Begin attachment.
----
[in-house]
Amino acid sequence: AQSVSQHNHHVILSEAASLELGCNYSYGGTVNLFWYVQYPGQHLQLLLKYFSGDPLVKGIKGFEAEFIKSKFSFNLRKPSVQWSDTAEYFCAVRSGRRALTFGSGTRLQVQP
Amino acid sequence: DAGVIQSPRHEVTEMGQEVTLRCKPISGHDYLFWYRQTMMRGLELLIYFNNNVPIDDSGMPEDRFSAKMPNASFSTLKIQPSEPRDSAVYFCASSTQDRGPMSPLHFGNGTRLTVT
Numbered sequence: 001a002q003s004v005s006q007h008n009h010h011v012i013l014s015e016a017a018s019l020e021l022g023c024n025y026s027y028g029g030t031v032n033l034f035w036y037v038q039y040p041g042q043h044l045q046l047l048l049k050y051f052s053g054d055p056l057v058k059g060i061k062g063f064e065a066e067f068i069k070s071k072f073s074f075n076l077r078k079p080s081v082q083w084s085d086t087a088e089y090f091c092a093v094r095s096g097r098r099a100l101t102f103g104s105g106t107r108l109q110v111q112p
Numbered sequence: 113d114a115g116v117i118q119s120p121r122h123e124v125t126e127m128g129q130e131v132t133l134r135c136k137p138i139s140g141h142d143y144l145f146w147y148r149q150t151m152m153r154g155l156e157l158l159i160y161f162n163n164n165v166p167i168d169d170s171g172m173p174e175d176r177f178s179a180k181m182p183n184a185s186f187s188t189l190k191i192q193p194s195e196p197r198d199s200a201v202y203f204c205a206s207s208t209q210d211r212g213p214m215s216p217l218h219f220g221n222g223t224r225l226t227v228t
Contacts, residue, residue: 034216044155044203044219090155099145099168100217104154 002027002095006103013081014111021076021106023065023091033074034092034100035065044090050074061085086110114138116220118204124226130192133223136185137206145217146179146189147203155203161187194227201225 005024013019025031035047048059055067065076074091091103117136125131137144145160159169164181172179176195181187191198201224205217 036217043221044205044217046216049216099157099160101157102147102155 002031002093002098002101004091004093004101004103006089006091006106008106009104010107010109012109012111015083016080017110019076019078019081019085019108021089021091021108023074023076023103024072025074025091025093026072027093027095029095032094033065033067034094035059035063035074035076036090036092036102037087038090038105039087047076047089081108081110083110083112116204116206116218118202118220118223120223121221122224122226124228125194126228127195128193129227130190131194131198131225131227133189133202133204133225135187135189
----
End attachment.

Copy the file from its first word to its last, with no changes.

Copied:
[in-house]
Amino acid sequence: AQSVSQHNHHVILSEAASLELGCNYSYGGTVNLFWYVQYPGQHLQLLLKYFSGDPLVKGIKGFEAEFIKSKFSFNLRKPSVQWSDTAEYFCAVRSGRRALTFGSGTRLQVQP
Amino acid sequence: DAGVIQSPRHEVTEMGQEVTLRCKPISGHDYLFWYRQTMMRGLELLIYFNNNVPIDDSGMPEDRFSAKMPNASFSTLKIQPSEPRDSAVYFCASSTQDRGPMSPLHFGNGTRLTVT
Numbered sequence: 001a002q003s004v005s006q007h008n009h010h011v012i013l014s015e016a017a018s019l020e021l022g023c024n025y026s027y028g029g030t031v032n033l034f035w036y037v038q039y040p041g042q043h044l045q046l047l048l049k050y051f052s053g054d055p056l057v058k059g060i061k062g063f064e065a066e067f068i069k070s071k072f073s074f075n076l077r078k079p080s081v082q083w084s085d086t087a088e089y090f091c092a093v094r095s096g097r098r099a100l101t102f103g104s105g106t107r108l109q110v111q112p
Numbered sequence: 113d114a115g116v117i118q119s120p121r122h123e124v125t126e127m128g129q130e131v132t133l134r135c136k137p138i139s140g141h142d143y144l145f146w147y148r149q150t151m152m153r154g155l156e157l158l159i160y161f162n163n164n165v166p167i168d169d170s171g172m173p174e175d176r177f178s179a180k181m182p183n184a185s186f187s188t189l190k191i192q193p194s195e196p197r198d199s200a201v202y203f204c205a206s207s208t209q210d211r212g213p214m215s216p217l218h219f220g221n222g223t224r225l226t227v228t
Contacts, residue, residue: 034216044155044203044219090155099145099168100217104154 002027002095006103013081014111021076021106023065023091033074034092034100035065044090050074061085086110114138116220118204124226130192133223136185137206145217146179146189147203155203161187194227201225 005024013019025031035047048059055067065076074091091103117136125131137144145160159169164181172179176195181187191198201224205217 036217043221044205044217046216049216099157099160101157102147102155 002031002093002098002101004091004093004101004103006089006091006106008106009104010107010109012109012111015083016080017110019076019078019081019085019108021089021091021108023074023076023103024072025074025091025093026072027093027095029095032094033065033067034094035059035063035074035076036090036092036102037087038090038105039087047076047089081108081110083110083112116204116206116218118202118220118223120223121221122224122226124228125194126228127195128193129227130190131194131198131225131227133189133202133204133225135187135189